Tag Archives: privacy

‘New’ Twitter for Desktop: Pros, Cons, Solutions & Why Twitter Is Forcing It Upon Us

Twitter original desktop Dark Mode
Above: Wave a tearful goodbye to the old, server-based Twitter desktop site.

It’s been available on desktop for many moons in the form of Twitter Lite, but now, the so-called ‘new’ Twitter interface is rapidly being forced upon desktop users as the only fully-featured environment. It’s not just a visual redesign. It’s a completely different way of delivering content. And whether you like the ‘new’ Twitter or not, the chances of the old desktop site surviving in any form whatsoever are basically nil.

Why? Well, it wasn’t really that Twitter wanted a new desktop site. It was that they wanted rid of the old one… Continue reading ‘New’ Twitter for Desktop: Pros, Cons, Solutions & Why Twitter Is Forcing It Upon Us

What Does “No DMs” Really Mean in a Twitter Bio?

Twitter No DMs

No DMs!”; long form – “No Direct Messages!“… It’s a prominent chant in certain pockets of the vast Twitter userbase, but why only certain pockets? And is the “No DMs!” admonishment really a necessary inclusion in a Twitter bio? Let’s mull it over…

GENDER BIAS

“No DMs” is much more common among women than among men, which suggests the phrase is largely rooted in a male predatory issue.

The frequent coupling of “No DMs” with “No dick pics” further supports that suggestion. A lot of men do try to use Twitter as a dating site, or a ‘perving’ site, or a ‘flashing’ site, or at least a means to avail themselves of female emotional comforts without having to pay for a premium rate service. And if people are following and/or communicating indiscriminately, as has become customary on Twitter, some of those men are going to get the wrong idea… Continue reading What Does “No DMs” Really Mean in a Twitter Bio?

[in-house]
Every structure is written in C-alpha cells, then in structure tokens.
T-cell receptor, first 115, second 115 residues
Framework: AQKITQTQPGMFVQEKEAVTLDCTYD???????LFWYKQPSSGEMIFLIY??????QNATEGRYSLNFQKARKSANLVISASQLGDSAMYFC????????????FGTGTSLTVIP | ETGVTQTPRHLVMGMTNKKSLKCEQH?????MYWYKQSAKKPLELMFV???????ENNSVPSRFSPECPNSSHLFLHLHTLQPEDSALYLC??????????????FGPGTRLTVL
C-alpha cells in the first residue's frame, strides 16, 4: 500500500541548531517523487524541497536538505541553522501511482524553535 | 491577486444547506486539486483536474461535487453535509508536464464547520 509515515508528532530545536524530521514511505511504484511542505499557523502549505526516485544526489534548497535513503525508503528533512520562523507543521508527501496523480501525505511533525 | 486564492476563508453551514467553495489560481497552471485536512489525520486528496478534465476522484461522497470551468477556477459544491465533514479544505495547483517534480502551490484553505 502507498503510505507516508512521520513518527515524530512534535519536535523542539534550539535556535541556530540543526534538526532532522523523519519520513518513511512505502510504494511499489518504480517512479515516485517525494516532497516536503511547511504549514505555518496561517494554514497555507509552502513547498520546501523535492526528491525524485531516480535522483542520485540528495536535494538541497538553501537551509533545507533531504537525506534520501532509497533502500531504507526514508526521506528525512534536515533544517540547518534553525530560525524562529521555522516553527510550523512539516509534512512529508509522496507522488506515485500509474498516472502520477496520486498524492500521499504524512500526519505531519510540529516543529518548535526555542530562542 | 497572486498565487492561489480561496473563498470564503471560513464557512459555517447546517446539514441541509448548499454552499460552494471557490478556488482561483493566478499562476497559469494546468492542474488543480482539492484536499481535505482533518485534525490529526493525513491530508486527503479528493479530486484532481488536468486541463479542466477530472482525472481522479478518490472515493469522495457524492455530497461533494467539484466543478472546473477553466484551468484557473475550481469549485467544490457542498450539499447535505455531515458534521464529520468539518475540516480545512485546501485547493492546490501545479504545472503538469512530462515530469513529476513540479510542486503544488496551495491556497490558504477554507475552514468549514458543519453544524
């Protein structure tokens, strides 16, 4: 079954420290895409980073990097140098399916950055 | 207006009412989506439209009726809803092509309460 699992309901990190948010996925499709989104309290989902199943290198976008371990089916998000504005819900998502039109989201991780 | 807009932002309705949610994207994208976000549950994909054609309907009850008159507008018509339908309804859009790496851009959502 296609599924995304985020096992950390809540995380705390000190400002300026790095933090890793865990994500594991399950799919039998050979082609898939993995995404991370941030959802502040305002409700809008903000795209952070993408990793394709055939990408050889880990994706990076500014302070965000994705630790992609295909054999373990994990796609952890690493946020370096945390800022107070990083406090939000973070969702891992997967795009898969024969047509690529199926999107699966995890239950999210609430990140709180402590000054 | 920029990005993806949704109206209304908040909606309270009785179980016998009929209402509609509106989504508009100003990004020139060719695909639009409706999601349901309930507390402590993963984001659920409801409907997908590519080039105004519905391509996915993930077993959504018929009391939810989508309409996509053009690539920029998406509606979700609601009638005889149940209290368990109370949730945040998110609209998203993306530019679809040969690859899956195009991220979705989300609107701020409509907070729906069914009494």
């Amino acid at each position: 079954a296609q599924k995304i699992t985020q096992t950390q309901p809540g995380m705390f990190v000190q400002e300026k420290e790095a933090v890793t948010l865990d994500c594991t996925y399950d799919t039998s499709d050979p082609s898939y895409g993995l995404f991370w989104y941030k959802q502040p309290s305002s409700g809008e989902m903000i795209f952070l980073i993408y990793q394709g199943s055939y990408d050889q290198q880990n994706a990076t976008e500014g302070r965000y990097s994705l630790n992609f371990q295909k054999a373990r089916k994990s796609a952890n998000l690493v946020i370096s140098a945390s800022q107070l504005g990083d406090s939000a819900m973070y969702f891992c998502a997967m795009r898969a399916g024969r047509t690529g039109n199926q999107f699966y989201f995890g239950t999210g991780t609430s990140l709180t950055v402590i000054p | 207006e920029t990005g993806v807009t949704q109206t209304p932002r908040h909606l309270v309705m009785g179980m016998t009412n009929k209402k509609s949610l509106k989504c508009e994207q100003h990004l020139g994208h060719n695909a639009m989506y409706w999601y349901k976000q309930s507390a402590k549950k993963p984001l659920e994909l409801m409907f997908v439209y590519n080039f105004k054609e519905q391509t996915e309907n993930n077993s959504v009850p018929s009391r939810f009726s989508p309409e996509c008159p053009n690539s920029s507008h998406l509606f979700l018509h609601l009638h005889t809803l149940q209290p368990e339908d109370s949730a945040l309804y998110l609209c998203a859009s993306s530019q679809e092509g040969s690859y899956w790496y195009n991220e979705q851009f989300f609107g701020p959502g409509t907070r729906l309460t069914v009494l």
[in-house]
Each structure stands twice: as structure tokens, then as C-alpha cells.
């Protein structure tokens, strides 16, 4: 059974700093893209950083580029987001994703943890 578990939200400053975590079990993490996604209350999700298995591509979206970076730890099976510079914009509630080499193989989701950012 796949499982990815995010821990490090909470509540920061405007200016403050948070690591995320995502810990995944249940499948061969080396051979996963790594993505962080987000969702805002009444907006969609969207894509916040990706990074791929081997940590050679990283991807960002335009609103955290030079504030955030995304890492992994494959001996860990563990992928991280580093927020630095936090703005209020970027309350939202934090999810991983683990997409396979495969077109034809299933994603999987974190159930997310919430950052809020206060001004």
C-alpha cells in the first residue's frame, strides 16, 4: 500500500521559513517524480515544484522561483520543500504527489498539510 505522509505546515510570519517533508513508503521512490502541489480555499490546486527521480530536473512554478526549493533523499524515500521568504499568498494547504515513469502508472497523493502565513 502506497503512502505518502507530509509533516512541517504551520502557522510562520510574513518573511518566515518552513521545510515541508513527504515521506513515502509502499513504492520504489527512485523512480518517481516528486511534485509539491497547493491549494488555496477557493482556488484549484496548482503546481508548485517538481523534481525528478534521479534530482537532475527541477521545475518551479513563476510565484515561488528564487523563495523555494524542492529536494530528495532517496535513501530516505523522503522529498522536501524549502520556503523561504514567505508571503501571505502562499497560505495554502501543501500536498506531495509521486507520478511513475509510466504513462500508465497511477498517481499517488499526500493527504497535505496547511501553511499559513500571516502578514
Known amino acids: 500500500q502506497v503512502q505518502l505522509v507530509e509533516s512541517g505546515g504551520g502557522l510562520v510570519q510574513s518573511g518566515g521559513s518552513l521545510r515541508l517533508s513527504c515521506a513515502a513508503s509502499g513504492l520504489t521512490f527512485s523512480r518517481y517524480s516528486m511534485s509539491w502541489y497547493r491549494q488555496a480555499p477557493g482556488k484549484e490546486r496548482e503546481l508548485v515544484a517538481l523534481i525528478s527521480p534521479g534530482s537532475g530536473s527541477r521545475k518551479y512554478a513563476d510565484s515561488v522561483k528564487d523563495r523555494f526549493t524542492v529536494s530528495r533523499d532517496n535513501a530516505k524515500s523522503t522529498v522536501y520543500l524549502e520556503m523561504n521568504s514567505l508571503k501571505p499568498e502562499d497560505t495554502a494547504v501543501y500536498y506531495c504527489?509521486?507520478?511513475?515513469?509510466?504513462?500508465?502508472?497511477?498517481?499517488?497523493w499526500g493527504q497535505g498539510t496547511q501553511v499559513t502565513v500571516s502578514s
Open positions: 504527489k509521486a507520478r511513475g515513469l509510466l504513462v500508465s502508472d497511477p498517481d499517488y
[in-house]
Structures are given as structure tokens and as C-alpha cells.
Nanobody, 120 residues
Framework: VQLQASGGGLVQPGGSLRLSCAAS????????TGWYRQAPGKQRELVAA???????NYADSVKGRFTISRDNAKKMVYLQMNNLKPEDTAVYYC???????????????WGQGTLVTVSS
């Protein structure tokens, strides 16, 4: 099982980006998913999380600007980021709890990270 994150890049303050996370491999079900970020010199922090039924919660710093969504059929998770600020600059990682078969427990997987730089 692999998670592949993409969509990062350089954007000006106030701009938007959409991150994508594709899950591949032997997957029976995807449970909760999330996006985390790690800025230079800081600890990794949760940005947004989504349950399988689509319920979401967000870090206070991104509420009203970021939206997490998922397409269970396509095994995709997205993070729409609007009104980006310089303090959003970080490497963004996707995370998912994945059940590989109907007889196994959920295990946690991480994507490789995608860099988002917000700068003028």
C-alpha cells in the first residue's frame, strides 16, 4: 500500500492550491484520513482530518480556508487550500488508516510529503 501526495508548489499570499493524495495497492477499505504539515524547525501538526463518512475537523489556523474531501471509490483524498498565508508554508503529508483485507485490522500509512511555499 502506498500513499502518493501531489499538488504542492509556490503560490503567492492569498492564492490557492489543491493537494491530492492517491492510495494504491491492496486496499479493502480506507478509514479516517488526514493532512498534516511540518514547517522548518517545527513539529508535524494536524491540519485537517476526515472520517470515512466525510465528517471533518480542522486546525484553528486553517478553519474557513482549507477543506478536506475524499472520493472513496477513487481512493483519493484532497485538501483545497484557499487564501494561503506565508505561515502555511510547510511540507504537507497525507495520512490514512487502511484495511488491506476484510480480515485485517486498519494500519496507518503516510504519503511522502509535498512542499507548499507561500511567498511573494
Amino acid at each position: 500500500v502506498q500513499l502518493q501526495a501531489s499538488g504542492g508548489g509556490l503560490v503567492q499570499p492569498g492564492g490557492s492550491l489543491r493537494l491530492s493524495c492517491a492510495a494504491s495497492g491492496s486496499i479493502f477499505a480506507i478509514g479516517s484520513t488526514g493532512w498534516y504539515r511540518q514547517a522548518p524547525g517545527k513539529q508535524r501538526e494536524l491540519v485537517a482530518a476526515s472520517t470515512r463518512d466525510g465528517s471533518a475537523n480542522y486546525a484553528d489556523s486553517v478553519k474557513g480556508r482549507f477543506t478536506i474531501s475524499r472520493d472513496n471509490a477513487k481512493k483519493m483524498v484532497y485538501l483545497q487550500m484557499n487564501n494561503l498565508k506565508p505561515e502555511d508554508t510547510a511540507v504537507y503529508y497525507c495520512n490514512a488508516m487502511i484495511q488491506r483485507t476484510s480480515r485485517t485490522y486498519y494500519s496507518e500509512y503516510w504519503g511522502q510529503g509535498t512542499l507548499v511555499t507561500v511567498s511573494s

“Private Search Engines” and Their Deals With Oppressive Trackers

Private Search Engines

The “privacy” model has become a default business strategy for new search engines. Why? Because it sells. Given the typically inferior quality of their results, and their often uninspiring user-experience, “private search engines” routinely over-achieve in terms of growth. So unless they have a revolutionary new concept, anyone entering today’s search market is almost compelled to trade on privacy.

They’re all at it. Barely a week goes by without a new “private search” brand coming up in the #privacy tags on Twitter. Some are just a front for affliate marketers to peddle overpriced rubbish. Others, such as Search Encrypt – taken seriously by a lot of people – are listed as malware. Some, despite billing themselves as privacy protectors on Twitter, have no SSL and literally no privacy policy whatsoever. “Private search” has become a joke. It’s that same old bunch of shady chancers using the gimmick of the moment in the hope of becoming billionaires. But what about the few brands that manage to attract continuous applause? Have we not noticed that they’re in bed with the enemy?… Continue reading “Private Search Engines” and Their Deals With Oppressive Trackers

Why Deleting Your Social Media May Worsen Your Privacy

Delete Social Media

Deleting a social media account, or the content within it, has become a hot privacy topic in recent times. As more and more stories surface about the extent to which cyber giants collect and use our personal information, we’ve let the shock push us towards reflex action. How dare they quietly store private call logs and precise location info from our mobile phones, we think. How dare they record every move we make with a mouse, and tail us around the web logging our various site visits.

As we finally wake up to the reality that the whole internet is one big piece of spyware, the easiest solution is to blame Facebook, then promptly delete Facebook. Because that’s what certain influencers and high profile blogs are telling us to do. Continue reading Why Deleting Your Social Media May Worsen Your Privacy